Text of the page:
• Paddlewheel versus Propeller

    From burningcyprustree@gmail.com@21:1/5 to Dan Bollinger on Sun Oct 15 19:12:02 2017
    On Monday, March 4, 2002 at 5:43:46 PM UTC-5, Dan Bollinger wrote:
    The 455' long steamboat the 'Commonwealth' was fitted with compound engines and feathering wheels instead of a propeller powered by steam turbines. Operating costs were estimated to be identical. They noted that the reduced space and vibration of a paddlewheel made the deciding factor. Its top
    speed was 23 mph in the trial run. Dan


    "Glenn Ashmore" <gashmore@mindspring.com> wrote in message news:3C83CDF7.4070309@mindspring.com...
    Just thinking about the physics, aside from the wheels and drive
    mechanism being a lot heavier, I would suspect that paddle wheels will waste a lot of energy producing a lot more side eddies than a prop will
    and as the speed increases it will start throwing more water up than back.

    As for Junkyard wars, the only thing the paddle wheel has going for it
    is less draft. As it is highly unlikely that they will convence the
    owner of that antique tripple compound that siezed up for lack of oil
    last year to lend it out again, they will probably seed the yard with a couple of gas engines so I would go with a prop unless the contest is in water only a few inches deep. But then one of the teams will probably luck into a discarded Arneson surface drive. ;-)

    mecker@home.net wrote:

    I'd like to know if anyone has references to theoretical comparisions. I've alway thought a paddlewheel could be more efficient than a prop.
    I assumed they went out of style because they were large and bulky and fuel was cheap. I think there could also be problems with wave,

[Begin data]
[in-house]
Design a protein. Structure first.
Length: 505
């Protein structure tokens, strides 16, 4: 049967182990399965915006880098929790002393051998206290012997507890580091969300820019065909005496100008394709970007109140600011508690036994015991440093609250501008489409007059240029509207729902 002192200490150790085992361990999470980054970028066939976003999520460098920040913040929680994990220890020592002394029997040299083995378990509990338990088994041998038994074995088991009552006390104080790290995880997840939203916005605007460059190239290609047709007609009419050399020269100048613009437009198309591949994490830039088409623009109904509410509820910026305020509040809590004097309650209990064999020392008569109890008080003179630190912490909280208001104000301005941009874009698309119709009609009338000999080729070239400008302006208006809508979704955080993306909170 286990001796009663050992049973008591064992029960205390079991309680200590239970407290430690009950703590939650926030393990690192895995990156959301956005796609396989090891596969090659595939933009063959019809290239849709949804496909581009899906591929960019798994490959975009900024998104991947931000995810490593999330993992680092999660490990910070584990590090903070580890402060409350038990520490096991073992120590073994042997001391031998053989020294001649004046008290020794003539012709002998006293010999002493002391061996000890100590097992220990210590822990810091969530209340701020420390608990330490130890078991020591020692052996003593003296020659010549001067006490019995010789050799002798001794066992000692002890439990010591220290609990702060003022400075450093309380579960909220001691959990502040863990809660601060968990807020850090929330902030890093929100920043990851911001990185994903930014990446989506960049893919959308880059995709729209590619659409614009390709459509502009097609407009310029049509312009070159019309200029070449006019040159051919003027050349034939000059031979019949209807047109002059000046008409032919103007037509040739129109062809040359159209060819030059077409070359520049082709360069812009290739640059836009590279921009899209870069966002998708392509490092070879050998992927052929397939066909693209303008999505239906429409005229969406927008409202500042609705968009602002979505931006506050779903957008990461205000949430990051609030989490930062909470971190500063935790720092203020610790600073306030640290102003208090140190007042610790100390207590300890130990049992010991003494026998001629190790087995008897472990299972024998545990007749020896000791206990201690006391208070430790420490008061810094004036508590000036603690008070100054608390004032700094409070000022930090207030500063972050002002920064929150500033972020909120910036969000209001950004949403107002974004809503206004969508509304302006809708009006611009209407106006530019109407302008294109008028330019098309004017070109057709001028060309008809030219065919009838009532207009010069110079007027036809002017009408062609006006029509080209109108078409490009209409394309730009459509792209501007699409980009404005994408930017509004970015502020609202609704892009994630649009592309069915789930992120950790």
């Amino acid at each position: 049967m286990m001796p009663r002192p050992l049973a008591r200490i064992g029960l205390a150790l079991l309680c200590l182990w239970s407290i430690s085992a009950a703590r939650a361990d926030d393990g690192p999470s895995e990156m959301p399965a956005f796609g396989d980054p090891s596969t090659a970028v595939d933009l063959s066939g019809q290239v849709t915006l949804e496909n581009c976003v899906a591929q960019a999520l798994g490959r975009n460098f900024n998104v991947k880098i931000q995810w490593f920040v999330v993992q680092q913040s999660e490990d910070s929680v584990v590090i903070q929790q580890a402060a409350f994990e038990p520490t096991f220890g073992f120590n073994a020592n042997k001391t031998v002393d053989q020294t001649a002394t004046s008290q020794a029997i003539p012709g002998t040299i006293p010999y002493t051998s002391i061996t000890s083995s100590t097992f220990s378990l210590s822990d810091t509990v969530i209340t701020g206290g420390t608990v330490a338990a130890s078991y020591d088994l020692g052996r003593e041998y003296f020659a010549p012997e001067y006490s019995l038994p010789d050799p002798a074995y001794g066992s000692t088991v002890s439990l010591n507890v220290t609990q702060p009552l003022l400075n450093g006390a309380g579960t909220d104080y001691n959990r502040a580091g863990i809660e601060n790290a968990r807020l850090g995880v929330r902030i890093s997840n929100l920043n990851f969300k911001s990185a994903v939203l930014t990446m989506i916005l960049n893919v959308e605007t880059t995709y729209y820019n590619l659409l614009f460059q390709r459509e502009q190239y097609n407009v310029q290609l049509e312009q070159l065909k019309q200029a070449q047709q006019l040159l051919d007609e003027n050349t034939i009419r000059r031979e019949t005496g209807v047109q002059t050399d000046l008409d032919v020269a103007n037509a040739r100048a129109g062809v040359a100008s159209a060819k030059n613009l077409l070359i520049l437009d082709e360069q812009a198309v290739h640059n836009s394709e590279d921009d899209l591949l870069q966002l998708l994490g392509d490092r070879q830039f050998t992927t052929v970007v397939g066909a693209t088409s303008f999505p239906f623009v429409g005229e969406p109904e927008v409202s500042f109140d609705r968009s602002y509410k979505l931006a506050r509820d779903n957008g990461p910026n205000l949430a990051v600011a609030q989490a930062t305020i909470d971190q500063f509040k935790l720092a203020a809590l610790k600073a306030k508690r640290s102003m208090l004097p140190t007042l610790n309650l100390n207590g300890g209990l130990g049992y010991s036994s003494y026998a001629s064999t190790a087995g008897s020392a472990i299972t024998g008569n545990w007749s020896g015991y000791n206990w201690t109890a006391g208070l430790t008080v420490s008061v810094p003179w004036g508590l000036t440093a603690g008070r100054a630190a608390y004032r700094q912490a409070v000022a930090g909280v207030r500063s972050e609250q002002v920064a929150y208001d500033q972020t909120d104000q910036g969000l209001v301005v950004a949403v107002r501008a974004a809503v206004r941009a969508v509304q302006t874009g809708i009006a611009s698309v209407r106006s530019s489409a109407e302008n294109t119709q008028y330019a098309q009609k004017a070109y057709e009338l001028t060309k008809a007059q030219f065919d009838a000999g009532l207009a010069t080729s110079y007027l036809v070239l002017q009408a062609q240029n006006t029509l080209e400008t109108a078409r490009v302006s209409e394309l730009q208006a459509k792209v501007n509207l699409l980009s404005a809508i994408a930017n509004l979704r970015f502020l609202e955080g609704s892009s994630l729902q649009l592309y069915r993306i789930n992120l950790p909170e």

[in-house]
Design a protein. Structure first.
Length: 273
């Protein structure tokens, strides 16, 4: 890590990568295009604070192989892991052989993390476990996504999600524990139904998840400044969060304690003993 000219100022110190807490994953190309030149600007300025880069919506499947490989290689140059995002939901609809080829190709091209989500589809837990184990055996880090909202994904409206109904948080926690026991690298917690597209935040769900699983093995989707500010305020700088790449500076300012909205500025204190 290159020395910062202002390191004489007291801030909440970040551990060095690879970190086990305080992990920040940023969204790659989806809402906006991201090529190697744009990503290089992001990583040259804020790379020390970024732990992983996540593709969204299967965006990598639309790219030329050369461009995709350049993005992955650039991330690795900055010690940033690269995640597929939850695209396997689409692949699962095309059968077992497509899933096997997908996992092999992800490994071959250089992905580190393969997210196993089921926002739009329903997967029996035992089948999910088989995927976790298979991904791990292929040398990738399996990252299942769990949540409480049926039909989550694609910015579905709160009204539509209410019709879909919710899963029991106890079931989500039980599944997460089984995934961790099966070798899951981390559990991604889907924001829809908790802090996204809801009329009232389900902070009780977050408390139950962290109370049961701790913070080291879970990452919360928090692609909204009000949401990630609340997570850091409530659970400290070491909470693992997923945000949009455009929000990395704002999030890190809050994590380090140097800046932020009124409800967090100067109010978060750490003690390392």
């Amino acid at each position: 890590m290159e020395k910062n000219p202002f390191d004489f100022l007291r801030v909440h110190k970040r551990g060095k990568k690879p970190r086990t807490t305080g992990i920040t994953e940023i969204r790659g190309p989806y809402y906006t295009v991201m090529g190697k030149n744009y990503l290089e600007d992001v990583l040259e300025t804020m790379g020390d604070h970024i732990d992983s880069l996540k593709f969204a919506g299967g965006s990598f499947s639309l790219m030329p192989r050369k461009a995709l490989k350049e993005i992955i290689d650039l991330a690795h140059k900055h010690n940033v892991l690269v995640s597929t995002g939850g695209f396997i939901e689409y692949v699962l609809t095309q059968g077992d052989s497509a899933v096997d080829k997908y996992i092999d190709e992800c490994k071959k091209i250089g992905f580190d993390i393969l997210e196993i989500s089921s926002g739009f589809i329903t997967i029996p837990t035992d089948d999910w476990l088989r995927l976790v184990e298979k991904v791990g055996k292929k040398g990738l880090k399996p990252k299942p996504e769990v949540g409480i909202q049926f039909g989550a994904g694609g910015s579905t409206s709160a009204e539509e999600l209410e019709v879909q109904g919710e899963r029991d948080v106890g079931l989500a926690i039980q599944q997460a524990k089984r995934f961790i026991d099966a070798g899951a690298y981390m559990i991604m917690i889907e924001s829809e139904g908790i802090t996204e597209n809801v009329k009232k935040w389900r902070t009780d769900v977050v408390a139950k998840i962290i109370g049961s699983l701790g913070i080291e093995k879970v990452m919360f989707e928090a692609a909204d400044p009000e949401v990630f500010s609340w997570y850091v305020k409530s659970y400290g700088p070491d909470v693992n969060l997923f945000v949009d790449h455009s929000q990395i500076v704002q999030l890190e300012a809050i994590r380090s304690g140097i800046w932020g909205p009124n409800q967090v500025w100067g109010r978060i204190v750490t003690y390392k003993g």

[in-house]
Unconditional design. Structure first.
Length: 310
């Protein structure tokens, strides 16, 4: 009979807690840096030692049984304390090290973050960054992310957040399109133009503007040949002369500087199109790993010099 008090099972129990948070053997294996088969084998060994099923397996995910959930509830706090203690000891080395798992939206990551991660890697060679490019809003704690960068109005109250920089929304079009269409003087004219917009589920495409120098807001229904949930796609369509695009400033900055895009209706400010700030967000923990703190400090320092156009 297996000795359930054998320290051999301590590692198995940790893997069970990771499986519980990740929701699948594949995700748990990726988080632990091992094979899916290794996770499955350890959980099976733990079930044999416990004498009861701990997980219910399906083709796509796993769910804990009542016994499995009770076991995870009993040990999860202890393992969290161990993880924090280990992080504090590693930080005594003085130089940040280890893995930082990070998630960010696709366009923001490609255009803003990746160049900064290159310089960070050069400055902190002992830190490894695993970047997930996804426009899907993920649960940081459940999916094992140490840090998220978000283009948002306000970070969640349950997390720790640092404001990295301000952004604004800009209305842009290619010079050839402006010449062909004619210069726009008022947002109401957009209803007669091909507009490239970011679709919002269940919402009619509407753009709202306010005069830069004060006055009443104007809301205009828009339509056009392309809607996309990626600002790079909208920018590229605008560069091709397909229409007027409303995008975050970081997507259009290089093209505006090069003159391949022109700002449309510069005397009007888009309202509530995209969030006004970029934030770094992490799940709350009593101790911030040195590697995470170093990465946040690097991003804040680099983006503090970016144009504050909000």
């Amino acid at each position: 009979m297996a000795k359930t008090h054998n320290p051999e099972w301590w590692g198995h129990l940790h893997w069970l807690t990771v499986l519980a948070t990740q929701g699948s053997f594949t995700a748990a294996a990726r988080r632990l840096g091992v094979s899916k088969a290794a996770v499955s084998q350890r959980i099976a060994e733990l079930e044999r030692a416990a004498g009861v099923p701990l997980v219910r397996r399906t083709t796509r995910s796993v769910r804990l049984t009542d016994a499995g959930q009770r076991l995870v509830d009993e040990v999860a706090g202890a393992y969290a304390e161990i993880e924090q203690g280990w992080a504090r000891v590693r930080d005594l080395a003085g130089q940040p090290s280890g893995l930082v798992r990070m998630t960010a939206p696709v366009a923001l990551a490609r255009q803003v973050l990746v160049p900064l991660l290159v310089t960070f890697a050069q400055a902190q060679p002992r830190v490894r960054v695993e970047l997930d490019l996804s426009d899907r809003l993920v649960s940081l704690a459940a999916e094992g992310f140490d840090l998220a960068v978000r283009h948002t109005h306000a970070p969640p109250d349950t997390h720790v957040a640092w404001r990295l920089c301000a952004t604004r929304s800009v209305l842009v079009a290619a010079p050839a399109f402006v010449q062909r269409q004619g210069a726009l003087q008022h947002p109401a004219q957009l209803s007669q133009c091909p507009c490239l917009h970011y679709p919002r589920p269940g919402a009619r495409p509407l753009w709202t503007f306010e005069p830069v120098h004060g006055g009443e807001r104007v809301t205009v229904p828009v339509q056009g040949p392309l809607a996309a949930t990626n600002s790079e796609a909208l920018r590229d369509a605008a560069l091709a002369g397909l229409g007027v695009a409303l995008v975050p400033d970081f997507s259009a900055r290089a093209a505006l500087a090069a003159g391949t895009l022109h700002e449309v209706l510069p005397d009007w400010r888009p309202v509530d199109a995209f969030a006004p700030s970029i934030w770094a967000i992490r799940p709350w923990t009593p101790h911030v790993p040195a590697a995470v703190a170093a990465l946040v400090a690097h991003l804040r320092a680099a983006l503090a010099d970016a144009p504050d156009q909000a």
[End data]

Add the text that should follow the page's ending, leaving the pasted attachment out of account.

suface interactions, and I can't see it working well for a high speed planing hull.
    -



    --
    Glenn Ashmore

    I'm building a 45' cutter in strip/composite. Watch my progress (or lack there of) at: http://www.rutuonline.com



    Dan, Where did you find this information? Im curious on the subject.

    --- SoupGate-Win32 v1.05
    * Origin: fsxNet Usenet Gateway (21:1/5)
  • From John B.@21:1/5 to All on Mon Oct 16 13:32:26 2017
    On Sun, 15 Oct 2017 19:12:02 -0700 (PDT), burningcyprustree@gmail.com
    wrote:

    On Monday, March 4, 2002 at 5:43:46 PM UTC-5, Dan Bollinger wrote:
    The 455' long steamboat the 'Commonwealth' was fitted with compound engines >> and feathering wheels instead of a propeller powered by steam turbines.
    Operating costs were estimated to be identical. They noted that the reduced >> space and vibration of a paddlewheel made the deciding factor. Its top
    speed was 23 mph in the trial run. Dan


    "Glenn Ashmore" <gashmore@mindspring.com> wrote in message
    news:3C83CDF7.4070309@mindspring.com...
    Just thinking about the physics, aside from the wheels and drive
    mechanism being a lot heavier, I would suspect that paddle wheels will
    waste a lot of energy producing a lot more side eddies than a prop will
    and as the speed increases it will start throwing more water up than back. >> >
    As for Junkyard wars, the only thing the paddle wheel has going for it
    is less draft. As it is highly unlikely that they will convence the
    owner of that antique tripple compound that siezed up for lack of oil